This is one of the rare pieces of fabric in my stash that I’ve actually bought from a fabric shop, not been handed down or purchased in a charity shop.   It came from Fabricland in Basingstoke and as soon as I saw it I knew I had to have it and it was going to be an imitation Lady Skater.   I’m a bit partial to a skull print.   It’s a bit less stable than the original pattern calls for and, in hindsight, I should have taken that into account when drafting the pattern as it’s a bit on the loose side.   It’s a mixed fibre t-shirt weight jersey and is really soft and sooooooo drapey- it kept wanting to drag itself off the sewing table onto the floor while it was whizzing through my overlocker.

I’ve spied on a few posts about this dress that that shoulder and waist seams are stabilised with clear elastic to prevent them from drooping overtime, so I decided to do this on my dress, although I just opted for some 1/4″ white elastic from my stash.   I think this is where the instability of my jersey let me down as the seam is a bit wavy- probably should have used the differential feed on my overlocker.

Anyway, I’m super chuffed with this make and have worn it repeatedly in the week or so I’ve had it and it’s already been through the wash a load of times.   I hope Amanda over at Kischycoo isn’t too offended that I didn’t buy her pattern- I would have loved to, and I urge all of you to run over there now and buy it immediately.



Sewing on a budget


Sewing can be an expensive hobby, especially if you’re like me and want all the gadgets and gizmos that make a task easier. However, I’m awful with money and so always flat broke. This means I have a very limited budget and have to be creative about where my fabric and notions come from. My favourite place for a bargain is the charity shops. A few weeks ago I came home with at least 10 metres of fabric which only set me back £17. The majority of the fabric, barring the polka dots (one of the few fabric purchases I’ve made myself from an actual fabric shop- fabricland), in the above picture is from charity shops or the stash I inherited from my grandmother-in-law when she have up sewing.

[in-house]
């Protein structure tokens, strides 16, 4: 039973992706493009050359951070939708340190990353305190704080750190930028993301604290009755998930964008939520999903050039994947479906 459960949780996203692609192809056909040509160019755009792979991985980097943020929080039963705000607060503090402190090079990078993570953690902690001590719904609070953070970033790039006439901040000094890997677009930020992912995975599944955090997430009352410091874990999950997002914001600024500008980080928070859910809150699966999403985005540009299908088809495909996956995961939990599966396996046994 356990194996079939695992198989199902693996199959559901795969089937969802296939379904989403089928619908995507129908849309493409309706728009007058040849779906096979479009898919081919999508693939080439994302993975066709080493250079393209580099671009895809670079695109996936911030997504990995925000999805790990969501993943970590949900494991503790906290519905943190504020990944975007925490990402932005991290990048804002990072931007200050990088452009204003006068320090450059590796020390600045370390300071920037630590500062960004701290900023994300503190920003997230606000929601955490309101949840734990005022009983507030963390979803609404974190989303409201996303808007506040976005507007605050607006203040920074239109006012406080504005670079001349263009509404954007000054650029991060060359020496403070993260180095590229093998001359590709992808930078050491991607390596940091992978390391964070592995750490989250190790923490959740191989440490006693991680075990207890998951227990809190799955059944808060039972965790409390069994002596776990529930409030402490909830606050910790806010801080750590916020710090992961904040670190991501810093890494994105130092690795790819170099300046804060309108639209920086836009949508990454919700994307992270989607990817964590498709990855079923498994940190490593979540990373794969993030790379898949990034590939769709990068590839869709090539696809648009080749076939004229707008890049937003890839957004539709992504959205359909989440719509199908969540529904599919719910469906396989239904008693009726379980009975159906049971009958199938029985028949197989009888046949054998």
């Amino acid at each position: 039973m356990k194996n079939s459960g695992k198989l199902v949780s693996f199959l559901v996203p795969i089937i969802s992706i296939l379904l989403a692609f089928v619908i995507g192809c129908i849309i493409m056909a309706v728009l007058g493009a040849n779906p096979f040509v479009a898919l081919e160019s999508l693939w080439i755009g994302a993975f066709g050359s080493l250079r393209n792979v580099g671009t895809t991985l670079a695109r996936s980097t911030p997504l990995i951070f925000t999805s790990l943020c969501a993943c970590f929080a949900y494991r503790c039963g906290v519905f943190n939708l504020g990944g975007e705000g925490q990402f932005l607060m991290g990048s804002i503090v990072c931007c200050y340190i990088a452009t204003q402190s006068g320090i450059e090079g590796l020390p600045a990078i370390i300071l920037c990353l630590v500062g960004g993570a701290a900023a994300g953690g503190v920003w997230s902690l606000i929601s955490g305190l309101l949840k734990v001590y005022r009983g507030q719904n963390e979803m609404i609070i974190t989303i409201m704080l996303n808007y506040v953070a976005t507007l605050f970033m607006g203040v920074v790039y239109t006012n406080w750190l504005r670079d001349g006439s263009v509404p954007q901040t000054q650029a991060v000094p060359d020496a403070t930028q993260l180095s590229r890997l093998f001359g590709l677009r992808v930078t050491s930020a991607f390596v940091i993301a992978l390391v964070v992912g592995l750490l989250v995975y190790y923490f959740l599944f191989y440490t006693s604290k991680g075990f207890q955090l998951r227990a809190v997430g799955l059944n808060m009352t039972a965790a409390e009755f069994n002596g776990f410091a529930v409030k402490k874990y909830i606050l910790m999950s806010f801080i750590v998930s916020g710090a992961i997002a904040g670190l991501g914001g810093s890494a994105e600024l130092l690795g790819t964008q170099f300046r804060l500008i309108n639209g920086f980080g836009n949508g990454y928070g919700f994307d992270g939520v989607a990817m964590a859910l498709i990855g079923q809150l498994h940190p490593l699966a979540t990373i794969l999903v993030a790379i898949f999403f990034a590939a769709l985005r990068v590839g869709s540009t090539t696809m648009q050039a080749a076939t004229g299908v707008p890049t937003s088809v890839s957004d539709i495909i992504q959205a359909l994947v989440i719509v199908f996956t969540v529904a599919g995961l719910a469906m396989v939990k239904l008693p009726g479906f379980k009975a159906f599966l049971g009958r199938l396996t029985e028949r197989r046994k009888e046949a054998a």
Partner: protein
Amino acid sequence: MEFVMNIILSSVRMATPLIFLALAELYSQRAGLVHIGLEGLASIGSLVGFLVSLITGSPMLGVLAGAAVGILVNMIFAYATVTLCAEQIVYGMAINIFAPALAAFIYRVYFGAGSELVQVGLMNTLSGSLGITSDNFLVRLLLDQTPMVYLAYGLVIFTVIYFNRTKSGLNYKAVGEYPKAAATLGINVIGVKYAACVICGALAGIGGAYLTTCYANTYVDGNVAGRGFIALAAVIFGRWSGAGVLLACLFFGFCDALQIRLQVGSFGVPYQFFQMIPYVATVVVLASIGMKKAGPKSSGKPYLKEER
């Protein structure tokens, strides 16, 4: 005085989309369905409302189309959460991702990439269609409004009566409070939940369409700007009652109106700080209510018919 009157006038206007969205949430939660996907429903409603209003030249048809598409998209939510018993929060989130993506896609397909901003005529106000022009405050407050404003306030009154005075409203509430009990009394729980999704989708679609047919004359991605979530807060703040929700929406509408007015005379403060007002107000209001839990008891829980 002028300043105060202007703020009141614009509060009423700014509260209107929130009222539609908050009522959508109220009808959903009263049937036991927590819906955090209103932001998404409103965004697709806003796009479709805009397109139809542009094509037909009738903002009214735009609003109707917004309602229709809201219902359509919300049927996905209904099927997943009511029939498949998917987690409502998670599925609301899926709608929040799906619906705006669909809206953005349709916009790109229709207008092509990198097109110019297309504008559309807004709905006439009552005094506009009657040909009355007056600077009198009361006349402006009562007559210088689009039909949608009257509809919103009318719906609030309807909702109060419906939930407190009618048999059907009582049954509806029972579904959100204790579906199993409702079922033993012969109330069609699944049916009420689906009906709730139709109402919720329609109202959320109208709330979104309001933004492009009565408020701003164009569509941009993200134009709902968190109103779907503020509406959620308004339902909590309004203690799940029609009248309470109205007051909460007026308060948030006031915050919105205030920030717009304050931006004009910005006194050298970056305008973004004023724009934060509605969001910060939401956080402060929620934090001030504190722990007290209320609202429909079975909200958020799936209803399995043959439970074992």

Let’s talk about the outfit then. Ther skirt is a corduroy version of the Colette Meringue inspired by Lucky Lucille’s Meringue. I wanted to add a waistband rather than use facings and had a look at Colette’s tutorial to add a waistband to the meringue but I like a high waistband for the vintage look. From looking at Lucky Lucille’s picture it looked like she just cut a straight waistband so I went for this tack. All the way through sewing it a little voice in my head was saying “your should have drafted a curved waistband” and, although what I’ve done looks alright, I was probably right about that as the straight waistband is a bit loose where it doesn’t follow the curve- oh well I like it anyway.

The top is a modification of Gerties Portrait Blouse. I drafted my very first flat collar for this and for the life of me, I can’t work out why it didn’t reach all the way round to meet in front- I drafted it to do that. Rather that ripping it out and redrafting I decided I quite liked the look (despite applying it slightly wonkily!). My hubby thought the bow would look better in Navy but I didn’t have any navy fabric in my stash so what I did was, rather than stitch the bow on, I made a buttonhole just below the centre point of the neckline so I could tie on the bow and can replace it easily at a later date when I have some Navy fabric.


I’ve already wittered on about the zip insertion on this skirt, so I won’t bore you with that again. The sewing up, other than the zip, was fairly starightforward and I flipped the hem facing to the outside for the colour block effect. The raw edge is covered with Navy grosgrain ribbon. I did intend the colour combo the other way round for this skirt but the royal blue cord I had was slightly too narrow to be able to cut both front and back skirt panels so I swapped. The only other change I made was top stitching the scallops as the cord is a bit thick and needed it for a crisper edge.

I love this skirt- it’s really comfy to sit around at work all day and it looks smart on. I love bright colours, especially blues and greens and so this is right up my street. My first make from my Colette Sewing handbook and I’m looking forward to trying out some of the other patterns too.